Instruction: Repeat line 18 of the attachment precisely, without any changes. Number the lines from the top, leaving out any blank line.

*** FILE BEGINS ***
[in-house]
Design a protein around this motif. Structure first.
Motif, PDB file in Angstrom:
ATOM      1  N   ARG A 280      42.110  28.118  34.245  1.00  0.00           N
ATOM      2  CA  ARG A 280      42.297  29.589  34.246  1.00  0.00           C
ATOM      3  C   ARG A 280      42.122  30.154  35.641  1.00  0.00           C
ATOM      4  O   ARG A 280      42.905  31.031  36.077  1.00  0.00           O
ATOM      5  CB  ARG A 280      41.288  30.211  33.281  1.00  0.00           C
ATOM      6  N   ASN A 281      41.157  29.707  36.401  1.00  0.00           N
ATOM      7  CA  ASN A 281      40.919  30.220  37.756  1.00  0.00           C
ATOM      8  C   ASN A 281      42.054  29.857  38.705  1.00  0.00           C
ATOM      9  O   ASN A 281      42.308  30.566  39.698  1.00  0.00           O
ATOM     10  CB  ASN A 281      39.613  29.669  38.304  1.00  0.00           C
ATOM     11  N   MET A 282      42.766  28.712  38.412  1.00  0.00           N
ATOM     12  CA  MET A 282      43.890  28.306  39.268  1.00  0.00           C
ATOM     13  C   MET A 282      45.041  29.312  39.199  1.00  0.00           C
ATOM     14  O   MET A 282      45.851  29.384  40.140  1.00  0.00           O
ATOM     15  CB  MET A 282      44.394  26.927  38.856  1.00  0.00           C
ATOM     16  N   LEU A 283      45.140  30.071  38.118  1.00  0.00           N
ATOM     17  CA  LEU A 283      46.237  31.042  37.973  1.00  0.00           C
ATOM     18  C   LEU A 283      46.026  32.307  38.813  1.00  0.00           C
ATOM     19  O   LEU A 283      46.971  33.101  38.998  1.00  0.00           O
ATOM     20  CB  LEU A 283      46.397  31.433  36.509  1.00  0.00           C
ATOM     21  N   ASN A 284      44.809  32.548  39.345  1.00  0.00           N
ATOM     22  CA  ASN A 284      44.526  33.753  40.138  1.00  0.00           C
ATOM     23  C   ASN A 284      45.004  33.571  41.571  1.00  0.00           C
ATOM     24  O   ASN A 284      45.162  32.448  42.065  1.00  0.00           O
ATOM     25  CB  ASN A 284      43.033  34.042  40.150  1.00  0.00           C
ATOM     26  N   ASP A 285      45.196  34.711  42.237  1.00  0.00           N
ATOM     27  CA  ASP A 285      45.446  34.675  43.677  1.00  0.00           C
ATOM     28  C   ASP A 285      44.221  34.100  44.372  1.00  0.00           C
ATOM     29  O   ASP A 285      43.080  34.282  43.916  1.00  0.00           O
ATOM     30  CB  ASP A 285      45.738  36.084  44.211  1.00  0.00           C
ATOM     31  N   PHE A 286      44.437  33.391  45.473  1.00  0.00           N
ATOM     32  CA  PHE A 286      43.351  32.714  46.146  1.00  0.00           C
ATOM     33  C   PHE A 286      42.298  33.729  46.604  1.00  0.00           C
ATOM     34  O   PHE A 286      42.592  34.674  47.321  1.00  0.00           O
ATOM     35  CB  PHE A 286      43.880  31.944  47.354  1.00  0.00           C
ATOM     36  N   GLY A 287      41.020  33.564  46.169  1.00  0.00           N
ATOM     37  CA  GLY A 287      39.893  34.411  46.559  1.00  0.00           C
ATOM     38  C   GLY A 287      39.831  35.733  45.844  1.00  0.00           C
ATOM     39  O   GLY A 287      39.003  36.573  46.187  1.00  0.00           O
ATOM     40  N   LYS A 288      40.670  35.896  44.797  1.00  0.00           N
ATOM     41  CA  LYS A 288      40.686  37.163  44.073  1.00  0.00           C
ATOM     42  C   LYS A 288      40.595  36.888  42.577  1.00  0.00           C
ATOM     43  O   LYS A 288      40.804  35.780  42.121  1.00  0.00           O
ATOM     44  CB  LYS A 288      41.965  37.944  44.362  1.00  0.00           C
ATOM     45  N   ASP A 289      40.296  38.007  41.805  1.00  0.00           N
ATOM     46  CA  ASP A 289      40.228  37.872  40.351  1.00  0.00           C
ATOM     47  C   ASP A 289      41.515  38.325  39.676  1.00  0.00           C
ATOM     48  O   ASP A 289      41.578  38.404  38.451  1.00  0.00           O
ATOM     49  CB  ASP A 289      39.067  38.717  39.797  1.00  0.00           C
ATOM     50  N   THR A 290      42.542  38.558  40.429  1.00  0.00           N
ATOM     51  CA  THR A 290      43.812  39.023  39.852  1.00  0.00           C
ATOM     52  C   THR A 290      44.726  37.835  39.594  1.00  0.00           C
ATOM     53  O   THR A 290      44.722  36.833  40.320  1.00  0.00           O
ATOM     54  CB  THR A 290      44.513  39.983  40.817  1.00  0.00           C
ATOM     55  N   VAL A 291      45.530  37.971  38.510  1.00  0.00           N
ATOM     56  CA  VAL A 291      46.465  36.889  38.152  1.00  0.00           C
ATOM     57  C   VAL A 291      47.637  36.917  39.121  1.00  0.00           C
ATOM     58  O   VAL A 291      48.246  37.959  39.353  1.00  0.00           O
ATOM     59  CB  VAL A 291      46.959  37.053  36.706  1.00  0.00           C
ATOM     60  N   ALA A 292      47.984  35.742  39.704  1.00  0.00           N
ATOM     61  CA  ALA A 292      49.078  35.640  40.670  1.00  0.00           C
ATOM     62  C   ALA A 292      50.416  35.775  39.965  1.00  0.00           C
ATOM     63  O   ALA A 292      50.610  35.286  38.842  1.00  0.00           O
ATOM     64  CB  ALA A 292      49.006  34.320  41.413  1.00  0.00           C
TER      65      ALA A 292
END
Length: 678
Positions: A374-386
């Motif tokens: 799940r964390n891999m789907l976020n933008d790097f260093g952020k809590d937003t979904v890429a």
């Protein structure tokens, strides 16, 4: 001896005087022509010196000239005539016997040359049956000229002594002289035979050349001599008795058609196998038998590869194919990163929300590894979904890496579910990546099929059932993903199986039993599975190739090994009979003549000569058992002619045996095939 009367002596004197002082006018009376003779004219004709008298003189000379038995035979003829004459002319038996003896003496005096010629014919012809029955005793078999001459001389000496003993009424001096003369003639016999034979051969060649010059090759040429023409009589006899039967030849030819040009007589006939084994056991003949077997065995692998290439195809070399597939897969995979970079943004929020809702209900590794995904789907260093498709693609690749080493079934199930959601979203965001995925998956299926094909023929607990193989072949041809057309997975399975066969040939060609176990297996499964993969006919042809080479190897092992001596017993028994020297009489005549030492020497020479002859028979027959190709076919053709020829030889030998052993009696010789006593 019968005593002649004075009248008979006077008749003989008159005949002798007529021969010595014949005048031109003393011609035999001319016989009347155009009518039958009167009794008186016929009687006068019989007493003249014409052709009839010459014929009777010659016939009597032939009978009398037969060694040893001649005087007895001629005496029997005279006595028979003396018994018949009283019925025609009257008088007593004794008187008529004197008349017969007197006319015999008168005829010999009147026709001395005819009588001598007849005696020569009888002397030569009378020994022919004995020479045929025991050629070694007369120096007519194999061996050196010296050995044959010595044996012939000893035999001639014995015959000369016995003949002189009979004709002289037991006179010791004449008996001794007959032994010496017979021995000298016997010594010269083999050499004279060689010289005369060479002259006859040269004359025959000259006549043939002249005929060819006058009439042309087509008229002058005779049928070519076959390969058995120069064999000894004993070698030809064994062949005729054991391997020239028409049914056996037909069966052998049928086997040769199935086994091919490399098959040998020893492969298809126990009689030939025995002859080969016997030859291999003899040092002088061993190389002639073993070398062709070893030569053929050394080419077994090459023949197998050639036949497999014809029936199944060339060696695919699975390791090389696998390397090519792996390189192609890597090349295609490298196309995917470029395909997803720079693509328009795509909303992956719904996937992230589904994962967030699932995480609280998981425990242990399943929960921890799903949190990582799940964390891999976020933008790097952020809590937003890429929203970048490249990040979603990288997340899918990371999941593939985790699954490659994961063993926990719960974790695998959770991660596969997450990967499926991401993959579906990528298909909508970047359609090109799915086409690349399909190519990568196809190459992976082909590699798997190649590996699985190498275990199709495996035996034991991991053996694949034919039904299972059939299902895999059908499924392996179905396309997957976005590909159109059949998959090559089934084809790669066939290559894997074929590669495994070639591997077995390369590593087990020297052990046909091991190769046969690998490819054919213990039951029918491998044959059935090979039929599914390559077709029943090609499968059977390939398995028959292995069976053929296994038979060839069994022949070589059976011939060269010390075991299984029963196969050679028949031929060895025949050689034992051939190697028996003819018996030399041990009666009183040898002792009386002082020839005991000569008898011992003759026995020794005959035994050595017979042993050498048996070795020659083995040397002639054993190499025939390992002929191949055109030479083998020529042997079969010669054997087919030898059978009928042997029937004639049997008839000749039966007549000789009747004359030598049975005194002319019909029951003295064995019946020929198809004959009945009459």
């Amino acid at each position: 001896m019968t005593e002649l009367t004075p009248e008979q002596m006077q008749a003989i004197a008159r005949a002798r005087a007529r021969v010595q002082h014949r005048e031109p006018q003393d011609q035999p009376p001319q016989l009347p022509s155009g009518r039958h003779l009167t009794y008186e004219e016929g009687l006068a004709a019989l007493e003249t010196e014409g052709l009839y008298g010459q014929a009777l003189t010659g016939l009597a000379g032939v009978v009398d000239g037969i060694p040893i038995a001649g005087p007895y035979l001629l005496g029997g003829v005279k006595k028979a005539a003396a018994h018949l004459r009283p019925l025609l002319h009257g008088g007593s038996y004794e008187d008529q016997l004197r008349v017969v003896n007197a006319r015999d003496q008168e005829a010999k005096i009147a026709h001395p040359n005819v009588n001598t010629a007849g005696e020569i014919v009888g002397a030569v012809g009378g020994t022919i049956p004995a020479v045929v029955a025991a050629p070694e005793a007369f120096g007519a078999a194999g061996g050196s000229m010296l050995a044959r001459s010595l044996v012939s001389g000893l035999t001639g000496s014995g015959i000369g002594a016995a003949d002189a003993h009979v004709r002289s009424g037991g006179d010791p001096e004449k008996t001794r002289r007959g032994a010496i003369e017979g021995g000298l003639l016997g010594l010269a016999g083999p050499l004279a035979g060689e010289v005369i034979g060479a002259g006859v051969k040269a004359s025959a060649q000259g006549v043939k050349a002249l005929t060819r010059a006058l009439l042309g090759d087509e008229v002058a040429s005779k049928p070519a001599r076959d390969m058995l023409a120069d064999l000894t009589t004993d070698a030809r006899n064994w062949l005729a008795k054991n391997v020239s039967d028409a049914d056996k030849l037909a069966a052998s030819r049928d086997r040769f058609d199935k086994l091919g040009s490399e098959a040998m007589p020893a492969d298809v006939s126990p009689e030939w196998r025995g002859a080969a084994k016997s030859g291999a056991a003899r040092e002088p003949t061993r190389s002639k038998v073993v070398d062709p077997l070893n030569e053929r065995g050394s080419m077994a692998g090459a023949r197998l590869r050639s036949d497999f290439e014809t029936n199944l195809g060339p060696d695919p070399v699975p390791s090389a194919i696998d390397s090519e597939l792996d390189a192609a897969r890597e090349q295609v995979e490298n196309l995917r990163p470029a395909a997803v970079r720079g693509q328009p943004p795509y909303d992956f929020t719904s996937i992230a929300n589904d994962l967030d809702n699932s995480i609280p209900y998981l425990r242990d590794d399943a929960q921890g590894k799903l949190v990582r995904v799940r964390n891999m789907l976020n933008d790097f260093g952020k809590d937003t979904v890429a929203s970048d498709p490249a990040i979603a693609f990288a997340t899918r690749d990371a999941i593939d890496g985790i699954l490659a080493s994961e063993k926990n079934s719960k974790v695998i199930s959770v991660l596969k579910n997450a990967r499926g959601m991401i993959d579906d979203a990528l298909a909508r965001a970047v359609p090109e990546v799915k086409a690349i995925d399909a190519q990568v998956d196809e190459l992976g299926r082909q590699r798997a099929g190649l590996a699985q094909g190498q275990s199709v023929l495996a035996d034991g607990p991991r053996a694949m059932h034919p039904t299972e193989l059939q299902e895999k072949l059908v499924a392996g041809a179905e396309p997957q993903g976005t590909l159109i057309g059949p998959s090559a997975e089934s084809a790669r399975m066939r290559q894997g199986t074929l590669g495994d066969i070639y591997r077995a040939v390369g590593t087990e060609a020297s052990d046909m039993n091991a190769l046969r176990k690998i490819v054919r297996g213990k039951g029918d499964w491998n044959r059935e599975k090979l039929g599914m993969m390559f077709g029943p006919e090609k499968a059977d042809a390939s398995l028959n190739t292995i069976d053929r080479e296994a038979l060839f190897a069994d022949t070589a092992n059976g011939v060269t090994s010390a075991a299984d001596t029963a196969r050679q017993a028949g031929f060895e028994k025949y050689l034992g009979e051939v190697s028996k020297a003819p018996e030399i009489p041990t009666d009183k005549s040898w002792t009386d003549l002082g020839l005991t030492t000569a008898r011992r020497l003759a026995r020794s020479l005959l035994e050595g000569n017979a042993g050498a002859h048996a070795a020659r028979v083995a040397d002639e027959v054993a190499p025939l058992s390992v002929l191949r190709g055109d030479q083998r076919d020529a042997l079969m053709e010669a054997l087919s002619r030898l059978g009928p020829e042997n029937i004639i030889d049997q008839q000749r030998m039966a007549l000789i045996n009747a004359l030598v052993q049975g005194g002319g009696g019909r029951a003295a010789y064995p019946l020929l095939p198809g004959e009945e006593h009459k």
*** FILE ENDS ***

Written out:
ATOM     15  CB  MET A 282      44.394  26.927  38.856  1.00  0.00           C